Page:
A term sheet summarizes all of the terms of an investment. Most importantly it specifies the pre-money valuation of the company, the amount to be invested and the post-money valuation. For example, the pre-money valuation might be $900,000 with $100,000 invested for a post-money valuation of $1,000,000. This gives the investor 10% of the company.
The term sheet also specifies what types of control the investor will have over the company – for example, will the investor have a seat on the board or observer status at board meetings? The investor may also specify many areas of the business that it would like to oversee, such as the company’s budget, salaries, etc. The term sheet will usually have something to say about liquidation preferences and will often contain anti-dilution language.
Sometimes the term sheet might make specific demands on the company. For example, the term sheet might dictate that the company set aside 10% of its shares to give to employees as stock options.
Having traveled this far together through the process with the investor, you might expect that the term sheet would be a formality. However, many deals can fall apart here because the investor asks more than the company is willing to give. For example, the investors may specify a pre-money valuation that the company disagrees with. A lower pre-money valuation lets the investor secure a larger percentage of the company’s stock, so it is in the investors interest to push the valuation number down as much as possible. The company, on the other hand, has an incentive to push the valuation number as high as possible. This negotiation back and forth over the valuation can sometimes create so much acrimony that the deal can collapse.
You should always work with a lawyer experienced in investment when negotiating a term sheet. If nothing else, the lawyer will be able to tell you what is reasonable and what is not. You should also check your own feelings. If you feel like the investor is asking for too much control or too many concessions, it may tell you that this is not the right investor for your company.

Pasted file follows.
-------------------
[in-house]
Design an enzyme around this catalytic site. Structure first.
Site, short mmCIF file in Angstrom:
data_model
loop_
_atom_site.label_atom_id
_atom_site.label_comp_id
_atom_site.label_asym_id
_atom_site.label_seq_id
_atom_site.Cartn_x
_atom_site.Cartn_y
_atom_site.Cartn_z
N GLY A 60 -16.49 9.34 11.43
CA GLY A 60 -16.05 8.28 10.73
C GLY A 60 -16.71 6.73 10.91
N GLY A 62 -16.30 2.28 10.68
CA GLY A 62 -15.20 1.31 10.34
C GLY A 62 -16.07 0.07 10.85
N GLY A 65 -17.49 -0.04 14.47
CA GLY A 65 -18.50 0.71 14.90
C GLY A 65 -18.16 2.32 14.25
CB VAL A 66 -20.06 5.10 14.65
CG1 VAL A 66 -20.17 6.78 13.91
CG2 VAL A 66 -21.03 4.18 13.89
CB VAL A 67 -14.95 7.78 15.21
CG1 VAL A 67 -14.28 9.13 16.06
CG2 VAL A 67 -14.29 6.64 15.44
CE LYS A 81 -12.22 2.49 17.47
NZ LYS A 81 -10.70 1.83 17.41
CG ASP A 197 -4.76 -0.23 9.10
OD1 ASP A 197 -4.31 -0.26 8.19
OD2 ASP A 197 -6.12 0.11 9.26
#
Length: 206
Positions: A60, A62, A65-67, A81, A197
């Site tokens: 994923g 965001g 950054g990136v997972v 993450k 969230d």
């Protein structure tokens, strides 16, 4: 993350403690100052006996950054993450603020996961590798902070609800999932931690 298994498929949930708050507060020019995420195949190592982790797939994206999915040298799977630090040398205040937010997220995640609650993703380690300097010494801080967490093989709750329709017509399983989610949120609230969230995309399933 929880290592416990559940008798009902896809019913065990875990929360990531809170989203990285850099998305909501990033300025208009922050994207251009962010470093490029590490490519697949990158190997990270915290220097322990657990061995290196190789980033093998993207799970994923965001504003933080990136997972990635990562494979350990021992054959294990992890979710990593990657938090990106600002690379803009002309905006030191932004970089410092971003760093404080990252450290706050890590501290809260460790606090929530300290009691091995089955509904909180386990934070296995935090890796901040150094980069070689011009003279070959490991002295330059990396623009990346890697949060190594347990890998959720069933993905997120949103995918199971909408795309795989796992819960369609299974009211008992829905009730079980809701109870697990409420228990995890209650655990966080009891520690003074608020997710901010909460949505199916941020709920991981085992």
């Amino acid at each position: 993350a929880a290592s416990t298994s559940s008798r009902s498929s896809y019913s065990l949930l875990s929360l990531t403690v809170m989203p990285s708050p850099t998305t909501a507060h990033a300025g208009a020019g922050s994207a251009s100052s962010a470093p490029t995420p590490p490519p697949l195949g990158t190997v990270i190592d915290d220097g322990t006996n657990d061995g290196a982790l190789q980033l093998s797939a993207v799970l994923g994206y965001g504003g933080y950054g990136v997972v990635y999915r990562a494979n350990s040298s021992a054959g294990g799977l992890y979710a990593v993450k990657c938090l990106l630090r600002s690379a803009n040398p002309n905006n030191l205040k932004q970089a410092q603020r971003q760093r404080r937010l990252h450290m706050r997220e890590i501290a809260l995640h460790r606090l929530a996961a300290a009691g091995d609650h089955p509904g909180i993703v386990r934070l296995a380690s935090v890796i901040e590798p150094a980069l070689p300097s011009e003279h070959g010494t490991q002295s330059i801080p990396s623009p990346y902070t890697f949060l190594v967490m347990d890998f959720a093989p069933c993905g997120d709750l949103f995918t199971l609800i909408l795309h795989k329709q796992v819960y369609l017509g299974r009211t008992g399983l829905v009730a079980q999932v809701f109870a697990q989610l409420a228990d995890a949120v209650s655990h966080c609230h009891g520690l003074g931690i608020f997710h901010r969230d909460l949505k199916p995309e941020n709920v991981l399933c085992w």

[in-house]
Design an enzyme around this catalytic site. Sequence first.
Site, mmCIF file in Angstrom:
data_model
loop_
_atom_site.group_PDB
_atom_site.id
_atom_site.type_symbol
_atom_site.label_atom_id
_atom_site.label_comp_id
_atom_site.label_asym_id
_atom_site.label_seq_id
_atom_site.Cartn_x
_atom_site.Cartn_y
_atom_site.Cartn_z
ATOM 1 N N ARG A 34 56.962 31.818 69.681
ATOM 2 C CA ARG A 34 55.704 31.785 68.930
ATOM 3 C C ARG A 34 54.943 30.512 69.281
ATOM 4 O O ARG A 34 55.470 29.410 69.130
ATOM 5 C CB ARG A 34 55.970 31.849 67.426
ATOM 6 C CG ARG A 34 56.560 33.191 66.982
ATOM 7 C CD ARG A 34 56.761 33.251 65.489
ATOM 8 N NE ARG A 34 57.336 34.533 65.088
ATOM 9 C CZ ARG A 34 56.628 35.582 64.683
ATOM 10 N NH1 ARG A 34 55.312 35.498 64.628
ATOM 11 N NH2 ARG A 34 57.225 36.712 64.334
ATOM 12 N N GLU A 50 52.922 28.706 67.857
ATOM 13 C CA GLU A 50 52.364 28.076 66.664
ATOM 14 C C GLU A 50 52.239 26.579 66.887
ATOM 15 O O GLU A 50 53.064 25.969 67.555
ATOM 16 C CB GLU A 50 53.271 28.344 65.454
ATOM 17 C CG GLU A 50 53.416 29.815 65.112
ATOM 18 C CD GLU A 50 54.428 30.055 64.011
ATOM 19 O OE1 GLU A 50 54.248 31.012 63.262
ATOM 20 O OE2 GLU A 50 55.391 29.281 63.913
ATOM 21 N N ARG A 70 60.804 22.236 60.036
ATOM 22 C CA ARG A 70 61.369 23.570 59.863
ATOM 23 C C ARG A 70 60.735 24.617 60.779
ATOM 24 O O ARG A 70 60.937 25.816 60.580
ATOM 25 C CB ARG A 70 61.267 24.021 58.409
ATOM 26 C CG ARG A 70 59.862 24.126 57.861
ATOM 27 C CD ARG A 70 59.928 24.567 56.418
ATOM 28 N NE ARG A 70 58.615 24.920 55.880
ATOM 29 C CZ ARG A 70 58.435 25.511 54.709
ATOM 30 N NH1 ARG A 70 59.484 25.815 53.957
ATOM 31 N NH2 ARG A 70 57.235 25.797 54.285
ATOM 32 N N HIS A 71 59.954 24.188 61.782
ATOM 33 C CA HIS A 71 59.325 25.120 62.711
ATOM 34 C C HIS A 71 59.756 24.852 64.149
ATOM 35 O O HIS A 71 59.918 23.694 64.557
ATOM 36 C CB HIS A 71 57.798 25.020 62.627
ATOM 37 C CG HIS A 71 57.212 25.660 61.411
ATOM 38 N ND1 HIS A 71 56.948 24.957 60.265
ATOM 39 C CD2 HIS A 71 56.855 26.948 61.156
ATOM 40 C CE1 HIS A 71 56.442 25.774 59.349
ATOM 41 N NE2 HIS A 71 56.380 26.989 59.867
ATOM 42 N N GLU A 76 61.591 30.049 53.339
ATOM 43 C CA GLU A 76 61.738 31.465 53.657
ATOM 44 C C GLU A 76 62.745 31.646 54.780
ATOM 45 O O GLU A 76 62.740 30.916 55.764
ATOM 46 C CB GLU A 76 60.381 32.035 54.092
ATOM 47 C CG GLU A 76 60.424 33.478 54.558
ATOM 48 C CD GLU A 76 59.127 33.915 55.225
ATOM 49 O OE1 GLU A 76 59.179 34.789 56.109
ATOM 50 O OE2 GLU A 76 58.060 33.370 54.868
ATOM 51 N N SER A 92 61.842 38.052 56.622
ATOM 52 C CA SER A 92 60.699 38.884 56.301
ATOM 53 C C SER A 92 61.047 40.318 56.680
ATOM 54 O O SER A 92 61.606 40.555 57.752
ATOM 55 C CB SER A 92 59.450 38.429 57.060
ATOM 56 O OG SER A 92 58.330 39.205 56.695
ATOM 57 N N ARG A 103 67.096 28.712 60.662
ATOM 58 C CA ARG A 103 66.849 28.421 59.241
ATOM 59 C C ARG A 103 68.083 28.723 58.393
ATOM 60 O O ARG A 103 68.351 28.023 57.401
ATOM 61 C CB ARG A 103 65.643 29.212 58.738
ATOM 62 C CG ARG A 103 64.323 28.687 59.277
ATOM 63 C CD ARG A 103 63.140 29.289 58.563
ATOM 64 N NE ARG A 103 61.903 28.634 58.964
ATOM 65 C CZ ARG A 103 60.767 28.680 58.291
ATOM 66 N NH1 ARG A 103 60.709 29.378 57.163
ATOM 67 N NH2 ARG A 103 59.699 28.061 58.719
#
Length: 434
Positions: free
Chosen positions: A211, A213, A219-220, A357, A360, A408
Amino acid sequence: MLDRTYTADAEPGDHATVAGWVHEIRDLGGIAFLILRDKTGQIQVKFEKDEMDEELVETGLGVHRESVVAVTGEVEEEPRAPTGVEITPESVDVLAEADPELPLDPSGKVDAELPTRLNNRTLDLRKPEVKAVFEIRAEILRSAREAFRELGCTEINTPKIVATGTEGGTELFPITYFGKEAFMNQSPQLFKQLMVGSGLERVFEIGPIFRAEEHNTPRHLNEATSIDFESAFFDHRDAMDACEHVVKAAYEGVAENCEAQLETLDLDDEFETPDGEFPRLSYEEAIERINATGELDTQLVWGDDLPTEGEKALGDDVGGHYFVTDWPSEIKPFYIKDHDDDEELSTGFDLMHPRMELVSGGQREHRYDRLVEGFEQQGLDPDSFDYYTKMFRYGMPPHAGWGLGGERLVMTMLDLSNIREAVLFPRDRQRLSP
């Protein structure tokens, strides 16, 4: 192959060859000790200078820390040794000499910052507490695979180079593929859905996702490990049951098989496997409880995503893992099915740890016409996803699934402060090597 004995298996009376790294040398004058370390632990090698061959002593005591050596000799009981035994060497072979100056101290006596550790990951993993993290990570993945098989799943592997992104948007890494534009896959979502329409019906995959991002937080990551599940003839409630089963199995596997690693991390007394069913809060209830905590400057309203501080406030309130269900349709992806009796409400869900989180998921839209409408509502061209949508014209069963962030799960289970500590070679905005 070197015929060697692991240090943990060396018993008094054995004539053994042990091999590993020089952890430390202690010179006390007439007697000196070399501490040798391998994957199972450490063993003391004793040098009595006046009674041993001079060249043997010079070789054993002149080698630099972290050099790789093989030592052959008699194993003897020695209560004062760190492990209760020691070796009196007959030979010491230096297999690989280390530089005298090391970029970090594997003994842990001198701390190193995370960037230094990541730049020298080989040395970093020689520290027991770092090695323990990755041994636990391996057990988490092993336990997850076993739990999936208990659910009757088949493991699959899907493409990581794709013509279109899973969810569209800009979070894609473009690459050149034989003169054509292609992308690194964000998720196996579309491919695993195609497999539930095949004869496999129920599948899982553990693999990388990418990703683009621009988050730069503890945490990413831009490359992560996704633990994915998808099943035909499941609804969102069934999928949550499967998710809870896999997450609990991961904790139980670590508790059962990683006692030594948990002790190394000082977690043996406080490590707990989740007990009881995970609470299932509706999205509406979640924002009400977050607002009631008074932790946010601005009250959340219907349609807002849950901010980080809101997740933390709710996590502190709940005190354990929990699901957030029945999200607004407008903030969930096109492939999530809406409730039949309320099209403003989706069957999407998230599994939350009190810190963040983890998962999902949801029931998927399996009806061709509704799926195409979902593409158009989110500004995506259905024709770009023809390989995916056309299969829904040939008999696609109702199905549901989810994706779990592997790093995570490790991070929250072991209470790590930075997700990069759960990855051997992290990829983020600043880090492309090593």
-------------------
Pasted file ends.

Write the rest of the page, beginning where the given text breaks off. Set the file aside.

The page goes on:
This last point gets to the crux of the company/investor relationship. In the ideal relationship, your investor adds real value to your company and becomes a partner in your venture. In the entrepreneurial community, a good investor that adds real value is often referred to as smart money. Smart money helps your company to succeed in a variety of ways. For example
- The smart money investor will be able to line up the next round of investment.
- Smart money will also be able to bring new customers to the company.
- Smart money will often be in contact with the CEO on a weekly or bi-weekly basis to keep track of milestones and help where possible. This monitoring process may be a part of the term sheet, or may be an unspoken agreement.
Given a choice, you definitely want to take smart money rather than dumb money.
Assuming that the management team and the investor can reach agreement on the terms, the term sheet will be signed, then the legal documents to execute the term sheet will be drawn up, and the legal documents will be signed. The company will receive the money from the investor either as a check or a wire transfer. These legal documents can be hundreds of pages long in some cases – you definitely want a lawyer on your team to review them. This whole process can cost $20,000 to $50,000 in legal fees, and paying for the legal fees often becomes part of the negotiations as a result.
At this point, what happens next depends on the relationship between the investor and the company. The investor may have set specific milestones and dates for completion. Typical milestones might revolve around sales goals, completion of software projects, revenue targets, etc. Money might be released in stages, or tranches, based on the successful completion of milestones.
One possible milestone is the next round of funding. In some cases investment is a one-time activity. But it is also common for a company to seek multiple rounds of funding. The first round of VC funding is referred to as Series A funding, the next round as Series B and so on. VC funding is preceded by seed round funding, usually provided by angels. If you have investors who are providing smart money, they will help you raise the next round.